President Donald Trump paid respects to late Supreme Court Justice Ruth Bader Ginsburg Thursday morning, just two days before he announces his nominee to replace her on the high court. Her casket, carried Wednesday past her former law clerks who lined the courthouse steps, is again on public view Thursday outside the court.
The president and first lady Melania Trump — both wearing masks — stood silently at the top of the steps of the court and looked down at Ginsburg's flag-draped coffin, surrounded by white flowers. The death of the liberal-leaning justice has sparked a controversy over the balance of the court just weeks before the November presidential election.
Moments after he arrived, booing could be heard from the spectators who then briefly chanted, “Vote him out” and "Honor her wish," referring to Ginsburg's dying request not to have her seat filled until a new president is elected. Trump walked back into the court as the chants grew louder.
For a second day, thousands of people are expected to pay their respects to the women’s rights champion and leader of the court’s liberal bloc who died last week at age 87.
Thursday will be the final opportunity for members of the public to attend the public viewing, which will continue until 10 p.m.
Her body will lie in state at the Capitol on Friday, the first time a woman receives that distinction, and only the second time it will be bestowed on a Supreme Court justice. William Howard Taft, who had also served as president, was also recognized in such a manner. The body of Rosa Parks, a private citizen and not a government official, previously has lain in honor at the Capitol.
Ginsburg will be buried beside her husband, Martin, in a private ceremony at Arlington National Cemetery next week. Martin Ginsburg died in 2010. She is survived by a son and a daughter, four grandchildren, two step-grandchildren and a great-grandchild.
Her death brought together Wednesday the court’s remaining eight justices for the first time since the Supreme Court building was closed in March due to the coronavirus pandemic and they resorted to meetings by telephone.
During a private ceremony at the court, Ginsburg was remembered by grieving family, colleagues and friends as a prophet for justice who persevered against long odds to become an American icon.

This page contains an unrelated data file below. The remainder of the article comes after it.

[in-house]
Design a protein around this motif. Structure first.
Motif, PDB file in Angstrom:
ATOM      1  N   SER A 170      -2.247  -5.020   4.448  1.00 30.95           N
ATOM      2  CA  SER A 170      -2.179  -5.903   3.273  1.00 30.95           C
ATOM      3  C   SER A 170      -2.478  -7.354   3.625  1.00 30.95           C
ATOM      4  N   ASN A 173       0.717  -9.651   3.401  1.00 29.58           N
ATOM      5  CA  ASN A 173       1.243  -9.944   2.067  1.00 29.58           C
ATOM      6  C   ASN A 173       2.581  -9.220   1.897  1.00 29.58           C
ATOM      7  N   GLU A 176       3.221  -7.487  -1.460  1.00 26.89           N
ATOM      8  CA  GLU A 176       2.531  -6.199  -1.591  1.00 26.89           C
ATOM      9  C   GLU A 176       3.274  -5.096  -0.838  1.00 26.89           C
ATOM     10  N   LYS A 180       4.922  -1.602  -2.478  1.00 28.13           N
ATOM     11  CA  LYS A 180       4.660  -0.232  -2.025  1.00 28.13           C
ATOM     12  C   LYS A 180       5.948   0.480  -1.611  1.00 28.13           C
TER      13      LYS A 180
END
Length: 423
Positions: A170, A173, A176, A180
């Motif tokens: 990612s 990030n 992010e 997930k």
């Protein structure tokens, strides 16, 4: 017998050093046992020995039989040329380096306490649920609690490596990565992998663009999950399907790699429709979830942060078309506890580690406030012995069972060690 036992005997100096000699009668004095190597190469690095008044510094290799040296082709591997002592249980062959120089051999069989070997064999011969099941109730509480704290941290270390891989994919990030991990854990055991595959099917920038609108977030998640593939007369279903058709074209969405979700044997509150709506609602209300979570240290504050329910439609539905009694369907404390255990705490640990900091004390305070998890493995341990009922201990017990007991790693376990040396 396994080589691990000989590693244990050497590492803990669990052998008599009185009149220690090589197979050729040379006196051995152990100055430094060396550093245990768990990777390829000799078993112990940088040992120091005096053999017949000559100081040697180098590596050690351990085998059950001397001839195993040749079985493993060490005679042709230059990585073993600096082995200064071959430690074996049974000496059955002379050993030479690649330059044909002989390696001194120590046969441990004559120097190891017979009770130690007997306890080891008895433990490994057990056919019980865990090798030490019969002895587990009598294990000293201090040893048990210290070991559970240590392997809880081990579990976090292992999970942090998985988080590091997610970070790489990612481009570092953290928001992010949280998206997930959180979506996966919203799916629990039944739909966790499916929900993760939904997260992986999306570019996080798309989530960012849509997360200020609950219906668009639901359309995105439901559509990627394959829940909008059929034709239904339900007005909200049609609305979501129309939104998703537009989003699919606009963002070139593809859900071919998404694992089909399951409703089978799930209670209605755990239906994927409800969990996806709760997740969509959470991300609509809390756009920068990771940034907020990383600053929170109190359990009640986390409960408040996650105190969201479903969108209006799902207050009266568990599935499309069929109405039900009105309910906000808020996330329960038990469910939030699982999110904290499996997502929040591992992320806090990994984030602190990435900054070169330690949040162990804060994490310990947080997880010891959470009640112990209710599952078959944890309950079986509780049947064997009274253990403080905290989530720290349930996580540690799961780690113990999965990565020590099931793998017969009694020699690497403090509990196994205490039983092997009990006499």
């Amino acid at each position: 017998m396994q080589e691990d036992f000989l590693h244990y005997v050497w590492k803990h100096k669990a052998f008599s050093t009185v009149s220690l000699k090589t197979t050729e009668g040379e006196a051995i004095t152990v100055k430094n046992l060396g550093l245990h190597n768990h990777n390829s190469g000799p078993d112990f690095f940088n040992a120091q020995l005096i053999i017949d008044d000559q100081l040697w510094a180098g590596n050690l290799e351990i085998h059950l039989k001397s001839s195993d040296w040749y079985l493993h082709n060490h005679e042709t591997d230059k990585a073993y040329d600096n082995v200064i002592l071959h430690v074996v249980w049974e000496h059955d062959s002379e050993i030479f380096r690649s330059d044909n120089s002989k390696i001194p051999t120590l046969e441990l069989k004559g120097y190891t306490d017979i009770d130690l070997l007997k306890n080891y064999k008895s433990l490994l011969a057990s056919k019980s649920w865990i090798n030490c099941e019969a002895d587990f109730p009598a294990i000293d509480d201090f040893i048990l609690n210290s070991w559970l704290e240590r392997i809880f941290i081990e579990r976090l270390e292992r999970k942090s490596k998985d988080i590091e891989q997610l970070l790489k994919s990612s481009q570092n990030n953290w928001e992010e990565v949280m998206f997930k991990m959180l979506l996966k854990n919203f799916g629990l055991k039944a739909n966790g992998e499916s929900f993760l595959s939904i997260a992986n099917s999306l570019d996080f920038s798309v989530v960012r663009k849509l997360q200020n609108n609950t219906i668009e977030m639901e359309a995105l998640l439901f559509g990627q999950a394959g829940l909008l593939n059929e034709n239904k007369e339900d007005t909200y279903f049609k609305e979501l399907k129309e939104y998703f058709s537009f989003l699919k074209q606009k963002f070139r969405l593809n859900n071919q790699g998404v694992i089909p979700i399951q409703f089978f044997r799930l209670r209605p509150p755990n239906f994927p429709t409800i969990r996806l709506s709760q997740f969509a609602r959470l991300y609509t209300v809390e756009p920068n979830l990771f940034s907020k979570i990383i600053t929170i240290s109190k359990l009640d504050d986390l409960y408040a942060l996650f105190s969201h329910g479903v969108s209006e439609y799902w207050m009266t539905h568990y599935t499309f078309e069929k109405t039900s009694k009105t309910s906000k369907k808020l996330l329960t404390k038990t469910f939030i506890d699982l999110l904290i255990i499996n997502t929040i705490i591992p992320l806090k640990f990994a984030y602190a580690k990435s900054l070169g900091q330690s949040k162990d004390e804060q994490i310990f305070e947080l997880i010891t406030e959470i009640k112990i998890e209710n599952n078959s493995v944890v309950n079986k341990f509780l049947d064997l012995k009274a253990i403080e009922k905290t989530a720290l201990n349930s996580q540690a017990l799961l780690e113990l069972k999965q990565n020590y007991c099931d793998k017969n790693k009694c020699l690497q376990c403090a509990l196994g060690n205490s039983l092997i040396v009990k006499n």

Photos: Americans Mourn Supreme Court Justice Ruth Bader Ginsburg
Washington already is consumed with talk of Ginsburg’s replacement, but Chief Justice John Roberts focused on his longtime colleague.
The best words to describe Ginsburg are “tough, brave, a fighter, a winner," Roberts said, but also “thoughtful, careful, compassionate, honest.”
During Wednesday's ceremony, Rabbi Lauren Holtzblatt of Washington, D.C., compared Ginsburg to a prophet who imagined a world of greater equality and then worked to make it happen.
“This was Justice Ginsburg’s life’s work. To insist that the Constitution deliver on its promise, that we the people would include all the people. She carried out that work in every chapter of her life,” said Holtzblatt, whose husband, Ari, once worked as a law clerk to Ginsburg.
Outside, some people waiting Wednesday to pass by the casket said they had driven through the night. One of those in line, Heather Setzler, a physician assistant from Raleigh, North Carolina, said she named her two cats Hillary Ruth and Kiki, in honor of Ginsburg’s childhood nickname.
“There was just something about her. She was so diminutive yet turned out to be such a giant,” Setzler said, wearing a face mask adorned with small portraits of Ginsburg.
Rachel Linderman and Rychelle Weseman of Olean, New York, traveled to the nation’s capital because they said they wanted to be counted among Ginsburg’s followers and demonstrate how important her legacy is to Americans.
They said they were buoyed as they waited in line to be surrounded by people who felt the same way.
“I liked that I was with like-minded people," Linderman said Wednesday. “I feel energized.”
“Where we live, we’re usually in the minority,” Weseman said.
Prominent visitors Wednesday included Vice President Mike Pence and his wife, Karen, along with former President Bill Clinton, who appointed Ginsburg to the court in 1993, and former Secretary of State Hillary Clinton, whom Ginsburg had hoped would name her successor.
Since Ginsburg’s death Friday evening, people have been leaving flowers, notes, placards and all manner of Ginsburg paraphernalia outside the court in tribute. Court workers cleared away the items and cleaned the court plaza and sidewalk in advance of Wednesday’s ceremony.
Inside, the entrance to the courtroom, along with Ginsburg’s chair and place on the bench next to Roberts, have been draped in black, a longstanding court custom. These visual signs of mourning, which in years past have reinforced the sense of loss, will largely go unseen this year. The court begins its new term Oct. 5, but the justices will not be in the courtroom and instead will hear arguments by phone.
Ginsburg’s death has added another layer of tumult to an already chaotic election year. Trump and Senate Republicans are plowing ahead with plans to have a new justice on the bench, perhaps before the Nov. 3 election.
Only Chief Justice Roger Taney, who died in October 1864, died closer to a presidential election. Lincoln waited until December to nominate his replacement, Salmon Chase, who was confirmed the same day.
When Scalia, Ginsburg's closest friend on the court, died unexpectedly in 2016, Republicans refused to act on President Barack Obama's high-court nomination of Judge Merrick Garland.